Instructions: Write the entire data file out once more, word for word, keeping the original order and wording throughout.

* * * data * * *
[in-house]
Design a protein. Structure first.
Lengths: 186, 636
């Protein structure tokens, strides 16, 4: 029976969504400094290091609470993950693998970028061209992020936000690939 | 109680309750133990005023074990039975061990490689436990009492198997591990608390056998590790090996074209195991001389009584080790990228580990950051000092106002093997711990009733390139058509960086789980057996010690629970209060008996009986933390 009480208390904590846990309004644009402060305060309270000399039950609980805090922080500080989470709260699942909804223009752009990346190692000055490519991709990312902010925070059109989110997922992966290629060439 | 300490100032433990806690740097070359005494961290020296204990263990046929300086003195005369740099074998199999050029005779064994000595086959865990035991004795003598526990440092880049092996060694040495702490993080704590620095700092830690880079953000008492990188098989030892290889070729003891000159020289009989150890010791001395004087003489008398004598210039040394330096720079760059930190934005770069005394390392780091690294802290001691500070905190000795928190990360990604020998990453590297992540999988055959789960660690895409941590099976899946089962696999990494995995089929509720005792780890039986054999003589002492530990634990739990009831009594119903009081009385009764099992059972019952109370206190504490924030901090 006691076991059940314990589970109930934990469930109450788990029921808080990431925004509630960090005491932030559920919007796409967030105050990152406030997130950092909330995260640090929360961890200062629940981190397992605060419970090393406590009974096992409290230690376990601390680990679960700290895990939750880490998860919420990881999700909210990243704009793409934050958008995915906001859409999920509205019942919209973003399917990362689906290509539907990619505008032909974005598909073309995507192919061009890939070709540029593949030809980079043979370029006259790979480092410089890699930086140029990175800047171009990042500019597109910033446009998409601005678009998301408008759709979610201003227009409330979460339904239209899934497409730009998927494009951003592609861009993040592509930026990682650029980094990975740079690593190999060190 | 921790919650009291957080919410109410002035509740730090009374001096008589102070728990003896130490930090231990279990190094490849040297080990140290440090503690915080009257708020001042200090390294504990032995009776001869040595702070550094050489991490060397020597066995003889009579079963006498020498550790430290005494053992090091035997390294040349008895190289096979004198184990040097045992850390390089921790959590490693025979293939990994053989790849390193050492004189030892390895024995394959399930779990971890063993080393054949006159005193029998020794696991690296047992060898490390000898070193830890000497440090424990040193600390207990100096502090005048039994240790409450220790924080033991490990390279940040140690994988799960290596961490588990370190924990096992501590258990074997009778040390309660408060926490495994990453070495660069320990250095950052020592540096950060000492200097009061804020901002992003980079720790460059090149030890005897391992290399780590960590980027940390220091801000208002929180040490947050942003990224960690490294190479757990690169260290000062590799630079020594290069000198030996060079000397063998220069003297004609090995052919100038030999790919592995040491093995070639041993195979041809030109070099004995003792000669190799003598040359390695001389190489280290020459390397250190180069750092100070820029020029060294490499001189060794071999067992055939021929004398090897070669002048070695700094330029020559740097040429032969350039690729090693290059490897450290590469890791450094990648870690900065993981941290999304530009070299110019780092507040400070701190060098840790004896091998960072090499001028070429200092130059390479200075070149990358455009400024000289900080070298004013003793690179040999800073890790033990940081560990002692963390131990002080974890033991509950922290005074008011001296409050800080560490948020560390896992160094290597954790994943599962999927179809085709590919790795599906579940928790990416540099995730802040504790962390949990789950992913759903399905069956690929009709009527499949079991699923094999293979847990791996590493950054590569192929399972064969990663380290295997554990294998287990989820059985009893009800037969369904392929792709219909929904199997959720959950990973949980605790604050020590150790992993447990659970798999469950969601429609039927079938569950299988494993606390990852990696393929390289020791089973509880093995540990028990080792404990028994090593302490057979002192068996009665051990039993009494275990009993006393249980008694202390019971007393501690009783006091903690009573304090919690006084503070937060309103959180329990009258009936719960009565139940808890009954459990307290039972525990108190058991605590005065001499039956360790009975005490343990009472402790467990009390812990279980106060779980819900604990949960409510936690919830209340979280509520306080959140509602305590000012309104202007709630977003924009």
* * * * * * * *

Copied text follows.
[in-house]
Design a protein. Structure first.
Lengths: 186, 636
């Protein structure tokens, strides 16, 4: 029976969504400094290091609470993950693998970028061209992020936000690939 | 109680309750133990005023074990039975061990490689436990009492198997591990608390056998590790090996074209195991001389009584080790990228580990950051000092106002093997711990009733390139058509960086789980057996010690629970209060008996009986933390 009480208390904590846990309004644009402060305060309270000399039950609980805090922080500080989470709260699942909804223009752009990346190692000055490519991709990312902010925070059109989110997922992966290629060439 | 300490100032433990806690740097070359005494961290020296204990263990046929300086003195005369740099074998199999050029005779064994000595086959865990035991004795003598526990440092880049092996060694040495702490993080704590620095700092830690880079953000008492990188098989030892290889070729003891000159020289009989150890010791001395004087003489008398004598210039040394330096720079760059930190934005770069005394390392780091690294802290001691500070905190000795928190990360990604020998990453590297992540999988055959789960660690895409941590099976899946089962696999990494995995089929509720005792780890039986054999003589002492530990634990739990009831009594119903009081009385009764099992059972019952109370206190504490924030901090 006691076991059940314990589970109930934990469930109450788990029921808080990431925004509630960090005491932030559920919007796409967030105050990152406030997130950092909330995260640090929360961890200062629940981190397992605060419970090393406590009974096992409290230690376990601390680990679960700290895990939750880490998860919420990881999700909210990243704009793409934050958008995915906001859409999920509205019942919209973003399917990362689906290509539907990619505008032909974005598909073309995507192919061009890939070709540029593949030809980079043979370029006259790979480092410089890699930086140029990175800047171009990042500019597109910033446009998409601005678009998301408008759709979610201003227009409330979460339904239209899934497409730009998927494009951003592609861009993040592509930026990682650029980094990975740079690593190999060190 | 921790919650009291957080919410109410002035509740730090009374001096008589102070728990003896130490930090231990279990190094490849040297080990140290440090503690915080009257708020001042200090390294504990032995009776001869040595702070550094050489991490060397020597066995003889009579079963006498020498550790430290005494053992090091035997390294040349008895190289096979004198184990040097045992850390390089921790959590490693025979293939990994053989790849390193050492004189030892390895024995394959399930779990971890063993080393054949006159005193029998020794696991690296047992060898490390000898070193830890000497440090424990040193600390207990100096502090005048039994240790409450220790924080033991490990390279940040140690994988799960290596961490588990370190924990096992501590258990074997009778040390309660408060926490495994990453070495660069320990250095950052020592540096950060000492200097009061804020901002992003980079720790460059090149030890005897391992290399780590960590980027940390220091801000208002929180040490947050942003990224960690490294190479757990690169260290000062590799630079020594290069000198030996060079000397063998220069003297004609090995052919100038030999790919592995040491093995070639041993195979041809030109070099004995003792000669190799003598040359390695001389190489280290020459390397250190180069750092100070820029020029060294490499001189060794071999067992055939021929004398090897070669002048070695700094330029020559740097040429032969350039690729090693290059490897450290590469890791450094990648870690900065993981941290999304530009070299110019780092507040400070701190060098840790004896091998960072090499001028070429200092130059390479200075070149990358455009400024000289900080070298004013003793690179040999800073890790033990940081560990002692963390131990002080974890033991509950922290005074008011001296409050800080560490948020560390896992160094290597954790994943599962999927179809085709590919790795599906579940928790990416540099995730802040504790962390949990789950992913759903399905069956690929009709009527499949079991699923094999293979847990791996590493950054590569192929399972064969990663380290295997554990294998287990989820059985009893009800037969369904392929792709219909929904199997959720959950990973949980605790604050020590150790992993447990659970798999469950969601429609039927079938569950299988494993606390990852990696393929390289020791089973509880093995540990028990080792404990028994090593302490057979002192068996009665051990039993009494275990009993006393249980008694202390019971007393501690009783006091903690009573304090919690006084503070937060309103959180329990009258009936719960009565139940808890009954459990307290039972525990108190058991605590005065001499039956360790009975005490343990009472402790467990009390812990279980106060779980819900604990949960409510936690919830209340979280509520306080959140509602305590000012309104202007709630977003924009």